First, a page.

• Barry Turner
Part of the The Statesman’s Yearbook book series (SYBK)


The history of Switzerland can be traced back to Aug. 1291 when the Uri, Schwyz and Unterwaiden entered into a defensive league. In 1353 the league included eight members and in 1515, 13. In 1648 the league became formally independent of the Holy Roman Empire. No addition was made to the number of cantons until 1798 when, under the influence of France, the unified Helvetic Republic was formed. This failed to satisfy the Swiss and in 1803 Napoleon granted a new constitution and increased the number of cantons to 19. In 1815 the perpetual neutrality of Switzerland and the inviolability of her territory were guaranteed by Austria, France, Great Britain, Portugal, Prussia, Spain and Sweden. This Federal Pact, which included three new cantons, was accepted by the Congress of Vienna. In 1848 a new constitution was approved following a series of run-ins between Protestant and Catholic cantons. The 22 cantons were linked by a federal government (consisting of a bicameral parliament that elected a seven-member governing council) and a federal tribunal to rule on intra-cantonal disputes. This constitution was revised in May 1874 to allow for national and local referenda on a range of political issues.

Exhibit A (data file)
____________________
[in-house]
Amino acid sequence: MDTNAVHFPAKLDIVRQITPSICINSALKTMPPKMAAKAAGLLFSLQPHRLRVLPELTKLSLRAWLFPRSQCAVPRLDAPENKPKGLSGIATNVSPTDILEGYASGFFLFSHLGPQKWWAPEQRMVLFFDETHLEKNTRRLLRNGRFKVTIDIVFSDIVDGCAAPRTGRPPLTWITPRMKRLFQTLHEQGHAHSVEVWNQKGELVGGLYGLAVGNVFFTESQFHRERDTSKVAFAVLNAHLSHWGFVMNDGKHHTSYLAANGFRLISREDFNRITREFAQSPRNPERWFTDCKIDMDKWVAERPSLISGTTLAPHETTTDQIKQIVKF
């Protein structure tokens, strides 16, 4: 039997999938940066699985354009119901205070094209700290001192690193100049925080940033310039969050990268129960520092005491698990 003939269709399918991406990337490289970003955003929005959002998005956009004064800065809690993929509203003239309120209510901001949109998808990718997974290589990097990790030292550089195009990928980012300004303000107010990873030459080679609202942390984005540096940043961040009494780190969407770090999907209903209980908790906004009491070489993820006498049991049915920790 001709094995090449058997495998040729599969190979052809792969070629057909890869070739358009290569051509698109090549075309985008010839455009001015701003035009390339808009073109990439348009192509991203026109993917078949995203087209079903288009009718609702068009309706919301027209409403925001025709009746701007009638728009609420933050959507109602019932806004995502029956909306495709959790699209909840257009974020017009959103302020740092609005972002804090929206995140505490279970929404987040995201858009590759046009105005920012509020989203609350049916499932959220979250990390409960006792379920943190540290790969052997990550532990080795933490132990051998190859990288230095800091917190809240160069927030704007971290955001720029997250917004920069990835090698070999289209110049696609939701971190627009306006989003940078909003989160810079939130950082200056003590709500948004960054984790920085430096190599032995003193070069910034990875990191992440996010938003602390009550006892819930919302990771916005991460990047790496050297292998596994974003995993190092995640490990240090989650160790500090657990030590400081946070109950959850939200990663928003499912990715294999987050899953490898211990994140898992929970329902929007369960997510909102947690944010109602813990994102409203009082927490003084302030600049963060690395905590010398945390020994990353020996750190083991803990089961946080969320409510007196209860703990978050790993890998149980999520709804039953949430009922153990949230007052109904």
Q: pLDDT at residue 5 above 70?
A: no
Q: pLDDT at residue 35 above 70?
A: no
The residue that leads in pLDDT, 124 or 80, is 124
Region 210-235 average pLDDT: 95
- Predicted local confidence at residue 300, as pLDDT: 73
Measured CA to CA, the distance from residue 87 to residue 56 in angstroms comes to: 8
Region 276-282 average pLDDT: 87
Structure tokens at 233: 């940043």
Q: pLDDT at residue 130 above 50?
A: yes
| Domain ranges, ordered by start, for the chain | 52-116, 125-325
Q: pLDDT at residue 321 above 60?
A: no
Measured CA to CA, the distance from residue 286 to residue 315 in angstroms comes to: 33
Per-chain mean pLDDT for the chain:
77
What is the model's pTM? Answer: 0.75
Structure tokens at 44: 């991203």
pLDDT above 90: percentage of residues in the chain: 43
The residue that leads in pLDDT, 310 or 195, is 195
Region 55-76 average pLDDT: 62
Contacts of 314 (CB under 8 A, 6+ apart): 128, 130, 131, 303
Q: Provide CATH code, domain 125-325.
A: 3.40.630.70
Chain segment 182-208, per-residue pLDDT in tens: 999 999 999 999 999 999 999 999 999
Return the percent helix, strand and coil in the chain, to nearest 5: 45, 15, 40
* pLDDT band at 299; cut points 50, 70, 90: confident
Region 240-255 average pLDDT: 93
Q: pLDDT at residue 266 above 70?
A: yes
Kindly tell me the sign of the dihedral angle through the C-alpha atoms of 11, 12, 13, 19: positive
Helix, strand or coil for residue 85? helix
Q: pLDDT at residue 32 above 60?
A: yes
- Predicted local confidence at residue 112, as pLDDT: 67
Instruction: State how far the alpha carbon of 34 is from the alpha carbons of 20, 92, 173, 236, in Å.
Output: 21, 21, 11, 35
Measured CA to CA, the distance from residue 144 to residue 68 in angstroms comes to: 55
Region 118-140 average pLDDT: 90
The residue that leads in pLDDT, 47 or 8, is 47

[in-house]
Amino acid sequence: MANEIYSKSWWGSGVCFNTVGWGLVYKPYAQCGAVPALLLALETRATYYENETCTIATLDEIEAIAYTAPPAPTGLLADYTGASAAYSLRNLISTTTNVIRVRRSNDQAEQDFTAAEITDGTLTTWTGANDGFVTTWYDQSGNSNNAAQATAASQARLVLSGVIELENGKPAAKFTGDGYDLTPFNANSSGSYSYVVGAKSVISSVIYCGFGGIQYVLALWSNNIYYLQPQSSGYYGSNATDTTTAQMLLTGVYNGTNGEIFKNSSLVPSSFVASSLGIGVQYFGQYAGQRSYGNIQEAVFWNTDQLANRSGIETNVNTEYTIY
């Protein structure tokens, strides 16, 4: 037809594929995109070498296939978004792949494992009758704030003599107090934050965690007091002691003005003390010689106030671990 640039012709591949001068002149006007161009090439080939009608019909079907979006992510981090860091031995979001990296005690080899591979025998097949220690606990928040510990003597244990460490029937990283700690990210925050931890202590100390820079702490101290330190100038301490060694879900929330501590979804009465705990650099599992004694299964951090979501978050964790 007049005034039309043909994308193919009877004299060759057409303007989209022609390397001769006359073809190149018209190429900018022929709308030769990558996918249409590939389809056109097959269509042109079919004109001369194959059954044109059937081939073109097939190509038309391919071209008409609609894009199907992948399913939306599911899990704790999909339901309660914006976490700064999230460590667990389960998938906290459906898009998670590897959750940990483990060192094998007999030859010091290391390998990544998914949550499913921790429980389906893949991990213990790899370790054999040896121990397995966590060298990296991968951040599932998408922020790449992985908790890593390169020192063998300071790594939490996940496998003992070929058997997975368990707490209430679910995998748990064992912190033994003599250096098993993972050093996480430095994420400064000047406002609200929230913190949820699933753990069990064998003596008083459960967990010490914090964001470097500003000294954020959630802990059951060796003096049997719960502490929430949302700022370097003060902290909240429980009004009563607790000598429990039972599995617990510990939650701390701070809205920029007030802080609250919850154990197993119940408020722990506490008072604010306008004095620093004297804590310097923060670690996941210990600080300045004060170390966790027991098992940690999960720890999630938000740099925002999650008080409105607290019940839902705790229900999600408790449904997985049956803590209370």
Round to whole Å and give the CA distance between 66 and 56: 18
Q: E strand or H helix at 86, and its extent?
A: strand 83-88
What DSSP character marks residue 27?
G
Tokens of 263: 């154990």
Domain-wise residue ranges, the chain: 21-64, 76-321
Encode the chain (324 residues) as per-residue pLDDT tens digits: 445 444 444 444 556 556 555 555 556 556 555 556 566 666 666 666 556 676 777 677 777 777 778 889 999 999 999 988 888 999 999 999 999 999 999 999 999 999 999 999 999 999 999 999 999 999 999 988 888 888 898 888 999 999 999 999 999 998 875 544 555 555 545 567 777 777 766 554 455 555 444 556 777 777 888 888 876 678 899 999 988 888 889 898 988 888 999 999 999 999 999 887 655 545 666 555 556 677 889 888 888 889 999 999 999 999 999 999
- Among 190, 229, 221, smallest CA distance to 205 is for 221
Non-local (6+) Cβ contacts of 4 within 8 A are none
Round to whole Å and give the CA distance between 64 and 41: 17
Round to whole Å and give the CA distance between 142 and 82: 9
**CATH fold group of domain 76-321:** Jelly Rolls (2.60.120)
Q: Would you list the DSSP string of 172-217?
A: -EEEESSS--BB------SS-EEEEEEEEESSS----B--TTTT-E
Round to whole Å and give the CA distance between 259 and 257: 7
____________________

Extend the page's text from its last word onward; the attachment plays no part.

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Further Reading

  1. Office Fédéral de la Statistique. Annuaire Statistique de la Suisse.Google Scholar
  2. Butler, Michael, Pender, Malcolm and Charnley, Joy, Making of Modern Switzerland, 1848–1998. Macmillan, Basingstoke, 2000CrossRefGoogle Scholar
  3. Church, Clive, Politics and Government of Switzerland. Palgrave Macmillan, Basingstoke, 2003Google Scholar
  4. Kriesi, Hanspeter, Farago, Peter, Kohli, Martin and Zarin-Nejadan, Milad, Contemporary Switzerland. Palgrave Macmillan, Basingstoke, 2005CrossRefGoogle Scholar
  5. New, M., Switzerland Unwrapped: Exposing the Myths. London, 1997Google Scholar
  6. National library: Bibliothèque Nationale Suisse, Hallwylstr. 15, 3003 Berne.Google Scholar
  7. National Statistical Office: Office Fédéral de la Statistique, Espace de l’Europe 10, 2010 Neuchâtel.Google Scholar
  8. SFSO Information Service email: Google Scholar

Copyright information

© Palgrave Macmillan, a division of Macmillan Publishers Limited 2009

Authors and Affiliations

  • Barry Turner

There are no affiliations available

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